By Mary Dejevsky/London
It is a neat calculation: the first estimates of the end-of-year flood damage in the north of England suggested a bill of a little over £1bn. Or, as sections of the rightwing press maintained, pretty much the same as the UK spends on help for the world’s “20 most corrupt countries”. Cue indignation from the diehard opponents of the 0.7% of GDP that is currently earmarked for overseas aid.
And if you are among those whose homes have been inundated over Christmas, and you’ve learned that requests for improved flood defences were turned down by Westminster, you might well agree. The money is there, you would say; it is just a question of redirecting it from maladministered projects and ministerial Mercedes abroad to nice, clean, value-for-money schemes here. Charity begins - does it not? - at home?
Well, yes - and no. The proportion of GDP that the UK has earmarked for foreign aid spending may be higher than that allocated by many other countries, but it is still tiny in real terms. If, as was reported towards the end of the last financial year, ministers and civil servants were casting around for worthy recipients because they faced the dire prospect - in departmental terms - of under-spending, then that reflects not the lavishness of the budget, but a failure of organisation and imagination on their part.
This year, at least, there should be no such difficulty: the cost of what is said to have been the biggest flow of people since the second World War should absorb any surplus there might be in the UK aid budget. Whether the money helps to fund camps in the affected regions, or the cost of processing, accommodating and integrating all the refugees reaching Europe, this seems an entirely valid use of our aid budget - it being a reasonable combination of altruism and self-interest.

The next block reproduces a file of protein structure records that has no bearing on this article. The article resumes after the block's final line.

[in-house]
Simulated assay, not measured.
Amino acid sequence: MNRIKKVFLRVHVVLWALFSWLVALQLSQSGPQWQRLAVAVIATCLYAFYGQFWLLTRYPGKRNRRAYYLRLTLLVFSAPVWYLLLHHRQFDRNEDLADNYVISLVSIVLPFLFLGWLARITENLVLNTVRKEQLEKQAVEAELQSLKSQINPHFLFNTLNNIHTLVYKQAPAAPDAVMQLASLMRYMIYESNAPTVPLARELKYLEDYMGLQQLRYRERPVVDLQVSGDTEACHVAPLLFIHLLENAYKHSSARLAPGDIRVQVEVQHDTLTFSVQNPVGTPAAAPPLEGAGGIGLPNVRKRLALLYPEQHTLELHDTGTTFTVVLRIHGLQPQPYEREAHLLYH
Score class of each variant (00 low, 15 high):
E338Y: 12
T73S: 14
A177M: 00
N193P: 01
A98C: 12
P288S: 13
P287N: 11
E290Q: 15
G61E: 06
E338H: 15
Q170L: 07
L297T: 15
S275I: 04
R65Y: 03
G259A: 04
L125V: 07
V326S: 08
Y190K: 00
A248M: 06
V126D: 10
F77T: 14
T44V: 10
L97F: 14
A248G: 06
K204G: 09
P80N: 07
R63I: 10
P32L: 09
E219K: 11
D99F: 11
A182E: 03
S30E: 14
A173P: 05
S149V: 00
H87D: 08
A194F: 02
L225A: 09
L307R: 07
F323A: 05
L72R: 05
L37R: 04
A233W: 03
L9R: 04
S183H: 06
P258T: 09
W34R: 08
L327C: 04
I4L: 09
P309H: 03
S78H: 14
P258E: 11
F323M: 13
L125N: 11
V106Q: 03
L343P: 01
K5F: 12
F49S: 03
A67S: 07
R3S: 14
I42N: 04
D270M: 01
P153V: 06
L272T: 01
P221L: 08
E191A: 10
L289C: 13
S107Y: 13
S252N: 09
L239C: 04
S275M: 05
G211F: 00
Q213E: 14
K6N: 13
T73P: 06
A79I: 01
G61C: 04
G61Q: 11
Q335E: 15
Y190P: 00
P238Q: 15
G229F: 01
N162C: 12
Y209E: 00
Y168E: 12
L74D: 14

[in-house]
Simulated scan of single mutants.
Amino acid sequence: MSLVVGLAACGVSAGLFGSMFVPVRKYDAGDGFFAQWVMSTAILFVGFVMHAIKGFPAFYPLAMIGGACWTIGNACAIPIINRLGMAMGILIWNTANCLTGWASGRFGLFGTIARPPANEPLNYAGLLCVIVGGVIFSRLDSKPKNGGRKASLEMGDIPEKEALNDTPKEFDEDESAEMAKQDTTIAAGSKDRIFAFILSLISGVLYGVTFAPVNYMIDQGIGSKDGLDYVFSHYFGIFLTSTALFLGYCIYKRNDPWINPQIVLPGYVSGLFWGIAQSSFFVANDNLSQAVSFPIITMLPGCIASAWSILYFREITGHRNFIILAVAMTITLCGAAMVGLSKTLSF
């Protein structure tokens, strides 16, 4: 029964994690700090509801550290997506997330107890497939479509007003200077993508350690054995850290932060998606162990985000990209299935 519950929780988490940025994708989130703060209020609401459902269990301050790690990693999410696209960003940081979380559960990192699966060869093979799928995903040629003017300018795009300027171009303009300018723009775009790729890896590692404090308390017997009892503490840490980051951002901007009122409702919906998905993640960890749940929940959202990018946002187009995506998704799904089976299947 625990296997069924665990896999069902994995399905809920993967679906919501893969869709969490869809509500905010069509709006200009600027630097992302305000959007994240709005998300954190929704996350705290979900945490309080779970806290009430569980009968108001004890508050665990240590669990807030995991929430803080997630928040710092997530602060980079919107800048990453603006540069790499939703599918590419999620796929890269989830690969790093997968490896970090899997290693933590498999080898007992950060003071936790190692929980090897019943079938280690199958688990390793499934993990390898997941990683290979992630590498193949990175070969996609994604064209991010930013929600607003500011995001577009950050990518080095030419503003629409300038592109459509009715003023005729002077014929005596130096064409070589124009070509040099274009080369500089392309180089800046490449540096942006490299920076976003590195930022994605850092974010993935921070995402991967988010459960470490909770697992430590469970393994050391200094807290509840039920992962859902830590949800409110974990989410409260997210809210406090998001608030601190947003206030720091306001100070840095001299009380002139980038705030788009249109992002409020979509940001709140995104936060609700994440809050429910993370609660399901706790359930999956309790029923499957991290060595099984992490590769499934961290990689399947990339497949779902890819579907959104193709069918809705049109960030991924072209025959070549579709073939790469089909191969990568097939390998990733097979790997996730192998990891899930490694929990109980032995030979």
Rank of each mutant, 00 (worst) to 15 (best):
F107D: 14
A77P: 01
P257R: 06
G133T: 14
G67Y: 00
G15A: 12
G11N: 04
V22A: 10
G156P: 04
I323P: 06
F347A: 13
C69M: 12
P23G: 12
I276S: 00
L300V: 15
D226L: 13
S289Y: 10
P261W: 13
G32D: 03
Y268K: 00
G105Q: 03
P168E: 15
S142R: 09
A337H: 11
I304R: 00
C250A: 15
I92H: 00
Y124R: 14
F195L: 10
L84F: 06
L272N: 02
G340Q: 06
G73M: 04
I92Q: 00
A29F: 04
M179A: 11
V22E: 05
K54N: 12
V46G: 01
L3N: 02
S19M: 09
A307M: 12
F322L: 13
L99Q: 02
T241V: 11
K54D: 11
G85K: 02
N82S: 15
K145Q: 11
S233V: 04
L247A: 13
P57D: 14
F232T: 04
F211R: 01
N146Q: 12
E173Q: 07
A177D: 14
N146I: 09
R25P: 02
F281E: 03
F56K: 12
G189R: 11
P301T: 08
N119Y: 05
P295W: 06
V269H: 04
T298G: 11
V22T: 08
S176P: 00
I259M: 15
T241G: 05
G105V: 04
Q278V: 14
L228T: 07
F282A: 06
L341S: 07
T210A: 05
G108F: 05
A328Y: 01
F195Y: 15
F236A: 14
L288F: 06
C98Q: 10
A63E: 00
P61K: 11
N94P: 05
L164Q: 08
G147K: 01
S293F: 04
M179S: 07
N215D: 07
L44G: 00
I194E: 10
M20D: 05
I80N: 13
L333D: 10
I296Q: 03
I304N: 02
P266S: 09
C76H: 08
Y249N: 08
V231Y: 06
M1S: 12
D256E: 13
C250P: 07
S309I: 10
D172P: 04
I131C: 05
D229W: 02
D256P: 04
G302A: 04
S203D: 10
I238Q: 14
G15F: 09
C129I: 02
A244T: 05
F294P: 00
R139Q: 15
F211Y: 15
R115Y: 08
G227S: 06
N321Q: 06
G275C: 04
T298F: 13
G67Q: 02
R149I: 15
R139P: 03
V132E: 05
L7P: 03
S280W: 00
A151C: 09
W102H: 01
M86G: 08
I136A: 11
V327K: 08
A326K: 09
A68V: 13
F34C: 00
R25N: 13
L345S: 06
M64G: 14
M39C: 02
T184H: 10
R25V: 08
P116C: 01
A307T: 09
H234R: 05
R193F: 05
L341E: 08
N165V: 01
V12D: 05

There is a legitimate discussion to be had about the long-term value of foreign aid generally - how far it prevents countries developing their own resources and reforming themselves; whether it actually fosters dependency and corruption. The distinction sometimes made between emergency relief (essential) and long-term assistance (dubious) has merit and could lead to a beneficial change of approach.
But the argument that the UK’s overseas aid budget should be raided to repair flood damage, whether in Cumbria, or Yorkshire, or last year in the West Country, makes no sense. Even if the costs reach £5bn, as has been suggested, it is a minute fraction of the estimated £750bn public spending tally for 2015, and it will be shared, as it should be in any developed country, with commercial insurers.
The Environment Agency may be right, that a complete rethinking of flood defences is needed. How about starting with the sub-stations built on vulnerable sites, and the housebuilding (still, disgracefully) allowed on flood plains? It also makes sense to redirect some resources - but not from the aid budget.
One of the successes of the emergency flood operation - in practical and PR terms - has been the involvement of the army. The numbers are not huge: 300 troops are there, another 200 have been sent, and 1,000 are on standby. But you can see the confidence they inspire in those being rescued; the order they bring to some of the relief efforts; the sense they generate that something is being done. As at London 2012, when the army was sent in to make up for the spectacular failure of Olympic security “outsourcing” to G4S, people like to see the army helping out on the home front.
In the aftermath of the Iraq debacle, there was concern among the top brass about the breakdown of the “military covenant”: the presumed solidarity between civilians and the military. More frequent deployment of the army in domestic emergencies might not satisfy those who joined primarily to fight, but it can do wonders for civilian-military relations and could encourage recruitment to the reserve.
The army’s contribution this Christmas also raises another question: might the UK today benefit from a highly trained civilian Home Guard, part-professional, part-volunteer? Defence chiefs will no doubt say that the military is overstretched as it is. But the answer here should be obvious: less Syria; more Kendal and Hebden Bridge. - Guardian News & Media
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